Great nose of peach and nectarine. Short finish though. Overall delightful — 2 months ago
Unpinot-esque. Super rich on the nose with winter warming spices, cinnamon and dates. blueberries with a richness on the palate, quite rich with a heap of vanilla and oaky tannins on the finish. A unique style in its own right, not necessarily something I would hold up as a shining example but certainly a well done bit of Marlborough. — 3 months ago
What an amazing Gruner! Tropical from the Marlborough terroir with tiny hints of grapefruit and citrus, but with the smoothness and depth of a traditional Gruner. It’s great! — 5 months ago
Light, mouthwateringly high-acid, open and bright and expressive. Clean. Surprisingly good tannic structure on the backend, less fruit-driven. Lightly oxidized. If any fruit something candied and sour, mulberry or currant maybe. — 24 days ago
light on the nose, with a rich perfume flavour — 2 months ago
This is the 3/10 bottling, bottled straight from the barrels in November 2016. Stunning. Butterscotch and creme brûlée immediately waft out of the glass, with toffee, candied orange, and warm spiced caramel apple following. Palate is bone dry, nutty and briny with clean crystalline energy. A perfect after-dinner sherry for me. — 4 months ago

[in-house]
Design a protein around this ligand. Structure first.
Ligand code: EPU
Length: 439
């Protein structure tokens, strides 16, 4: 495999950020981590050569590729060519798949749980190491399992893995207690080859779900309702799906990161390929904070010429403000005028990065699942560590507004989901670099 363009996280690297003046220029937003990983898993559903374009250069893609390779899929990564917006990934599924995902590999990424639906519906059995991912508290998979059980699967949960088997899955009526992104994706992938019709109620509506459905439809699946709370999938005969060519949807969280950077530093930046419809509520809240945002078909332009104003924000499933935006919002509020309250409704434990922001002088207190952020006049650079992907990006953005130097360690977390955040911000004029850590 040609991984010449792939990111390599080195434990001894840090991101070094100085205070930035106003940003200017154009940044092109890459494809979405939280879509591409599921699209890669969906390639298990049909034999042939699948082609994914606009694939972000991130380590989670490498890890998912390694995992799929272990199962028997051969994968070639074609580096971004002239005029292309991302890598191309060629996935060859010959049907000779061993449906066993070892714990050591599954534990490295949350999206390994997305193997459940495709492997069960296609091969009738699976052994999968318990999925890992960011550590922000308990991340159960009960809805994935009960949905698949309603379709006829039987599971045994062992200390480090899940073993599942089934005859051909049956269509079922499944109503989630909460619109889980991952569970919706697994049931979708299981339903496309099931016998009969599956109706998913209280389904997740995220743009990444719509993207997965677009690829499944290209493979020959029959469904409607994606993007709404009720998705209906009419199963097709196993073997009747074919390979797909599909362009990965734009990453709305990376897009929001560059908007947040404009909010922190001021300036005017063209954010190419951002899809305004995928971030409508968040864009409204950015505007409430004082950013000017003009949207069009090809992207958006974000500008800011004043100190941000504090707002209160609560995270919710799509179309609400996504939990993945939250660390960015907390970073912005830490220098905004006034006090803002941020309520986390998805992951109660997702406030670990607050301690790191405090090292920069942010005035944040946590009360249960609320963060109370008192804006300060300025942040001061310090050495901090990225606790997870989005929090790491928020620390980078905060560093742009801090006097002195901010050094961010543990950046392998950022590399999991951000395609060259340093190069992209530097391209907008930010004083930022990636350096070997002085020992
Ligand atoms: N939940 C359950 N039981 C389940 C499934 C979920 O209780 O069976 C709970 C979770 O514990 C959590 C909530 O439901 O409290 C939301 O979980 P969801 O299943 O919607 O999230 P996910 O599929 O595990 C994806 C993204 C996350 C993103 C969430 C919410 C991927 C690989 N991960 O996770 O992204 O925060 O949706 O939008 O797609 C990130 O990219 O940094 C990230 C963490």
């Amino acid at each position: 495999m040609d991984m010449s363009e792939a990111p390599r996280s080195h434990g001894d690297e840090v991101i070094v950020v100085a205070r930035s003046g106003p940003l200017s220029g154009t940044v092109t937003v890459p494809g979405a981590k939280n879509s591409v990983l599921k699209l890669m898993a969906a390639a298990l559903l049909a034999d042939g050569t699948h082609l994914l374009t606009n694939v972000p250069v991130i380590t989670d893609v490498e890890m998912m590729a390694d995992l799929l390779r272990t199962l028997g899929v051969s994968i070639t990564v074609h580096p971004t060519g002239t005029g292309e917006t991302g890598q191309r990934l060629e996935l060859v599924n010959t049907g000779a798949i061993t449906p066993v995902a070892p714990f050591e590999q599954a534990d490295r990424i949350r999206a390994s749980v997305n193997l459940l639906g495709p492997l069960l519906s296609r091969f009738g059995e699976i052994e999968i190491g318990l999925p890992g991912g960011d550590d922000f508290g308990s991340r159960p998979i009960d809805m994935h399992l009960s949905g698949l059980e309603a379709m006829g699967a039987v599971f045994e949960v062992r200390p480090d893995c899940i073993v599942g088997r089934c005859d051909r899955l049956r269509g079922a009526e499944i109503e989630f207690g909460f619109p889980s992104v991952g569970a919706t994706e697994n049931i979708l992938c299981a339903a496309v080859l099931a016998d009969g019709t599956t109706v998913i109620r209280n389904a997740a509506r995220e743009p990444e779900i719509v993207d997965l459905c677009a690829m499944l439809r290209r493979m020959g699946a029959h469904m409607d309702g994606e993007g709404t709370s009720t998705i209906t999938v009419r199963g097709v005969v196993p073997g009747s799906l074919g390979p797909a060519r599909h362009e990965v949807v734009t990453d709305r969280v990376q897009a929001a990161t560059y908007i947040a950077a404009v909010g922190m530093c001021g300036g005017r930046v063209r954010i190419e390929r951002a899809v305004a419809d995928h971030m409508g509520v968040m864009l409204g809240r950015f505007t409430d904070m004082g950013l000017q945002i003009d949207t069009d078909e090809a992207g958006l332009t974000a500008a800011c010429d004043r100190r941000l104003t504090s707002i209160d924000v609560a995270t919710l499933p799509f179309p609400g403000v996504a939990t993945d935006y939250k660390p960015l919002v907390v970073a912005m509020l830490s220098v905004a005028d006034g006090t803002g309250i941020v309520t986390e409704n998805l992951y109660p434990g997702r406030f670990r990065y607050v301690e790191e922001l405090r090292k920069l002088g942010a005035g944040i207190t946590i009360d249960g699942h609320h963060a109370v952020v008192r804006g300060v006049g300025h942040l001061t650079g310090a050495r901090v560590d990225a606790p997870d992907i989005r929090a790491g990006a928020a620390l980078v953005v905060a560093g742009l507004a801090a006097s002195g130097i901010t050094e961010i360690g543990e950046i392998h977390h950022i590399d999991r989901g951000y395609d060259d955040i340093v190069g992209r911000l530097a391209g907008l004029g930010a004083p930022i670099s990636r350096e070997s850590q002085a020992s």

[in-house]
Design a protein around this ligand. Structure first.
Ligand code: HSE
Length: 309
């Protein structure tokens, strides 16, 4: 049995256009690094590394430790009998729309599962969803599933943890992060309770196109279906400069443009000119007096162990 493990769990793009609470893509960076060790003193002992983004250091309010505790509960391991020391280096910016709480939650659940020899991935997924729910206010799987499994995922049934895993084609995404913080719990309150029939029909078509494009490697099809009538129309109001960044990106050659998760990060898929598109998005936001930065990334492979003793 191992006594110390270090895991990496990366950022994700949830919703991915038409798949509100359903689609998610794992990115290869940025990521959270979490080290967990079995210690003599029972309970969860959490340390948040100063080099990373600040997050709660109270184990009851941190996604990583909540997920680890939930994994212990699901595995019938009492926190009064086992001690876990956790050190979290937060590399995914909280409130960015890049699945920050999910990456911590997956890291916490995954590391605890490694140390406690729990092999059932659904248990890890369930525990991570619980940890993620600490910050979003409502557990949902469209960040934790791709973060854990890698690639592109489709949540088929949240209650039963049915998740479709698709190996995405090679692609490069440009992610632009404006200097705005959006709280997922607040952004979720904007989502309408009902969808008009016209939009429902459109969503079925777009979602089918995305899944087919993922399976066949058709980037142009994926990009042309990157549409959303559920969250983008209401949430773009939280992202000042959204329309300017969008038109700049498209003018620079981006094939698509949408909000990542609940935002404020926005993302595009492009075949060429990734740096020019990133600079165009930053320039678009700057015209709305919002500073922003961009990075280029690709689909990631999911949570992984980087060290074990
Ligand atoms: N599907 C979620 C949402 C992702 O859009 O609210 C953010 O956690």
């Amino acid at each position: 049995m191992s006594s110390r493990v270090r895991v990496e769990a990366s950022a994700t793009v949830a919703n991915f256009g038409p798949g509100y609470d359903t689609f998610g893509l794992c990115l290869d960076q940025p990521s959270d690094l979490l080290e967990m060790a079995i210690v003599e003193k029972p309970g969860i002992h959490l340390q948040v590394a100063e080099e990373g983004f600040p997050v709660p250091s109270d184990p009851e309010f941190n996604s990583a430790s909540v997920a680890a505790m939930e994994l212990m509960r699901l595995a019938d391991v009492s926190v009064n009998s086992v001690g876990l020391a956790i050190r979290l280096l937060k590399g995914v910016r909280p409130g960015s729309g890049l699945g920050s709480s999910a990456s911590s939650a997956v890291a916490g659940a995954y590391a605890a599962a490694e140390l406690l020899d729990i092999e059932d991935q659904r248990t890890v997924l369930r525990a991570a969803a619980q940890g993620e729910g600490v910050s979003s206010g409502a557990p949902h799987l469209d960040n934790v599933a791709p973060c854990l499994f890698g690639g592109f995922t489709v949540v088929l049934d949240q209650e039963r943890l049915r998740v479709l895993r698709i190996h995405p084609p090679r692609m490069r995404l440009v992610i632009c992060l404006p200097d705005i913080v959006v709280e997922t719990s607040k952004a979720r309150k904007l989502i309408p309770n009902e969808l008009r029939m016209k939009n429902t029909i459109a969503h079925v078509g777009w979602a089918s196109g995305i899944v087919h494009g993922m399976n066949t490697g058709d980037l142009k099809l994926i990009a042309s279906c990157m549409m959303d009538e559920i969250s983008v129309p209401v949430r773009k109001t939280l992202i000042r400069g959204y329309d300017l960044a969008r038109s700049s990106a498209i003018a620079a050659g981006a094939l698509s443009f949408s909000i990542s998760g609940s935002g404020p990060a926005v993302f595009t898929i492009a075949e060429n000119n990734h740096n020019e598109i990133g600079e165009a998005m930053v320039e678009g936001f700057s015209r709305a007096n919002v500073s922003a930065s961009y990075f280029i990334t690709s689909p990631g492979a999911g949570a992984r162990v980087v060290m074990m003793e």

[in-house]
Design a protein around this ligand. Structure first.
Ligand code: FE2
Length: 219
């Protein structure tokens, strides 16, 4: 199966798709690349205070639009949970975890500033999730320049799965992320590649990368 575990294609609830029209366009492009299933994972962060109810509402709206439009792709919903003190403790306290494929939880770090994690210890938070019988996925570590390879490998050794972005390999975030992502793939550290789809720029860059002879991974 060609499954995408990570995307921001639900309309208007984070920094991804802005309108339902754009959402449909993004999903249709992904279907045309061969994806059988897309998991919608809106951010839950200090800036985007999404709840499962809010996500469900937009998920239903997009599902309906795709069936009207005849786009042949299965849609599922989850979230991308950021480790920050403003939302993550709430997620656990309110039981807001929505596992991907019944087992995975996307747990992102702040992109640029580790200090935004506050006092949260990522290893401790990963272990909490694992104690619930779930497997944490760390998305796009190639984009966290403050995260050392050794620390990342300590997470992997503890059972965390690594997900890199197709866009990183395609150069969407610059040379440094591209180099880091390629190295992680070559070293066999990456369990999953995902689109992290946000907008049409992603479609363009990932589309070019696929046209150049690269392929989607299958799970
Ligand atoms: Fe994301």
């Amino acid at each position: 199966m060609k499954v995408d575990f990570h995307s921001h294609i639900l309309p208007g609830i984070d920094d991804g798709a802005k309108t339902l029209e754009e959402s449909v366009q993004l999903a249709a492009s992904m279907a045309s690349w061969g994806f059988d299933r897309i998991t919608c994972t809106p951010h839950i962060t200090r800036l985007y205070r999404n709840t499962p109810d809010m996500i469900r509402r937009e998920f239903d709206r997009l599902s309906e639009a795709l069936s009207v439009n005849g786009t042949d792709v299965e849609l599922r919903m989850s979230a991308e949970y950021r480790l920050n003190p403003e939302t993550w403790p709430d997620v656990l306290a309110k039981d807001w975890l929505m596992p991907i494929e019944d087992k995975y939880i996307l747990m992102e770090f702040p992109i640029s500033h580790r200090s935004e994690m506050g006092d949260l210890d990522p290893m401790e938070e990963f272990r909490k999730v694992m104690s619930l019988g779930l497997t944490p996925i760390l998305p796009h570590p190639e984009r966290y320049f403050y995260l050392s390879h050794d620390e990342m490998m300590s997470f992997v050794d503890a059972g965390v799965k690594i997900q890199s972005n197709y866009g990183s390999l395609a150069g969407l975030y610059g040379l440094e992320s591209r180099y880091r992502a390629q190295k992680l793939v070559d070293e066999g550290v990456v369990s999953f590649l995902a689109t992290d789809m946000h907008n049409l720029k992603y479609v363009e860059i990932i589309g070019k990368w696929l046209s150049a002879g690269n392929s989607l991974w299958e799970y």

70 years old and amazing! — a month ago
With the Wine Blight laying waste to her vineyards, France went from 8:1 exporter in 1870 to 6:1 importer in 1887. Legions of wine farmers faced total financial ruin. With no cure - or even a proper diagnosis - in sight, many saw no option but to flee to lands not yet affected.
The influx of institutional knowledge that flooded into former backwater wine regions like Rioja catapulted them into relevance, and soon matured into a world-class standard. The farmers had found respite, but couldn't run forever. By the time Phylloxera crossed the Pyrenees, however, there would be new ways to fight back.
French botanist Jules-Emile Planchon had a theory. If the blight was caused by a microscopic American insect as he suspected, perhaps grafted European varieties on American rootstock would be resistant. This would be confirmed by Missouri entomologist Charles Riley, and with millions of rootstocks supplied by Texas horticulturalist T.V. Munson, the Wine Blight was soon in remission.
(This is adapted from notes for Le Dû’s Wines ‘History of Wine 1453AD-Present’ seminar, where this wine was poured) — 2 months ago